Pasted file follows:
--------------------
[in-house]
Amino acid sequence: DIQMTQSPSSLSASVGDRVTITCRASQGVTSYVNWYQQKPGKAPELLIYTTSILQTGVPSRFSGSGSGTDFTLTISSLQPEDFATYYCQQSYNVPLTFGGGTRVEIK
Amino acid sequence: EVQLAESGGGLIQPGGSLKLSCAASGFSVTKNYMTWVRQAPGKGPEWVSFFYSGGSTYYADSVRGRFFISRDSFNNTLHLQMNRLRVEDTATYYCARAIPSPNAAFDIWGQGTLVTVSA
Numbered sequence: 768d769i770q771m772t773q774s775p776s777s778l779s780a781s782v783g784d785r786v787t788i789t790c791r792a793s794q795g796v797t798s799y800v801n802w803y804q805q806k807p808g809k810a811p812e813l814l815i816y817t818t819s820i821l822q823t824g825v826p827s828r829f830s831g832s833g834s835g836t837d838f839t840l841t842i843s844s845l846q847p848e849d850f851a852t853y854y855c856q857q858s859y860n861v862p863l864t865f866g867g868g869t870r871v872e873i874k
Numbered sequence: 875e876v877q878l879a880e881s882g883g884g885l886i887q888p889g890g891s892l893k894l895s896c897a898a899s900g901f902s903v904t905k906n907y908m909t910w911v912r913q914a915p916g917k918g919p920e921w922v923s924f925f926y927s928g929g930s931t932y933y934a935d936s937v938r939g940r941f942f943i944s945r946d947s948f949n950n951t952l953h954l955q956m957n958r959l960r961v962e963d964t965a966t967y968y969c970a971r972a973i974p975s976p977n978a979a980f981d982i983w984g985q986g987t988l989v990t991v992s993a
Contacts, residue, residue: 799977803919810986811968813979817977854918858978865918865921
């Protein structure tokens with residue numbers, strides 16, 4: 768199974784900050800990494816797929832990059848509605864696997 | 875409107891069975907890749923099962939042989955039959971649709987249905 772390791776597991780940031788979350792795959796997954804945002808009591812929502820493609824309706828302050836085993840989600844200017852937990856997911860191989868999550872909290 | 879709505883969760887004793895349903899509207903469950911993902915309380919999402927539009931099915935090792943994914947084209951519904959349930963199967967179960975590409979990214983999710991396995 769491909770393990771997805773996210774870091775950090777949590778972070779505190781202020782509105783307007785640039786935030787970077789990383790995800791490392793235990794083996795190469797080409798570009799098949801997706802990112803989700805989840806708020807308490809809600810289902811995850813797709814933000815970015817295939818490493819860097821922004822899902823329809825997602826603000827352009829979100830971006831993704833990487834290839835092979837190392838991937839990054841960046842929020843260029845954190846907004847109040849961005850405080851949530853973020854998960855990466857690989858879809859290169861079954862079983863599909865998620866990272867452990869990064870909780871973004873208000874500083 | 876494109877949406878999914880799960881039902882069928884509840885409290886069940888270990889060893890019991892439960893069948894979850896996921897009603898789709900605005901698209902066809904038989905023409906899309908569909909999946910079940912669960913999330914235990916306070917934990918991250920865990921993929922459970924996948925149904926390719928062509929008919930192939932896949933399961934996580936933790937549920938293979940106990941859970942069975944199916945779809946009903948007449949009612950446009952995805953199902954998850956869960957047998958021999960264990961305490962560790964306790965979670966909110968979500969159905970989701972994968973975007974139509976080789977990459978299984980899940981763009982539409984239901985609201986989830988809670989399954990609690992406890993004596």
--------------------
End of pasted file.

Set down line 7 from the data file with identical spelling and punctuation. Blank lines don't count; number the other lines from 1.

């Protein structure tokens with residue numbers, strides 16, 4: 768199974784900050800990494816797929832990059848509605864696997 | 875409107891069975907890749923099962939042989955039959971649709987249905 772390791776597991780940031788979350792795959796997954804945002808009591812929502820493609824309706828302050836085993840989600844200017852937990856997911860191989868999550872909290 | 879709505883969760887004793895349903899509207903469950911993902915309380919999402927539009931099915935090792943994914947084209951519904959349930963199967967179960975590409979990214983999710991396995 769491909770393990771997805773996210774870091775950090777949590778972070779505190781202020782509105783307007785640039786935030787970077789990383790995800791490392793235990794083996795190469797080409798570009799098949801997706802990112803989700805989840806708020807308490809809600810289902811995850813797709814933000815970015817295939818490493819860097821922004822899902823329809825997602826603000827352009829979100830971006831993704833990487834290839835092979837190392838991937839990054841960046842929020843260029845954190846907004847109040849961005850405080851949530853973020854998960855990466857690989858879809859290169861079954862079983863599909865998620866990272867452990869990064870909780871973004873208000874500083 | 876494109877949406878999914880799960881039902882069928884509840885409290886069940888270990889060893890019991892439960893069948894979850896996921897009603898789709900605005901698209902066809904038989905023409906899309908569909909999946910079940912669960913999330914235990916306070917934990918991250920865990921993929922459970924996948925149904926390719928062509929008919930192939932896949933399961934996580936933790937549920938293979940106990941859970942069975944199916945779809946009903948007449949009612950446009952995805953199902954998850956869960957047998958021999960264990961305490962560790964306790965979670966909110968979500969159905970989701972994968973975007974139509976080789977990459978299984980899940981763009982539409984239901985609201986989830988809670989399954990609690992406890993004596």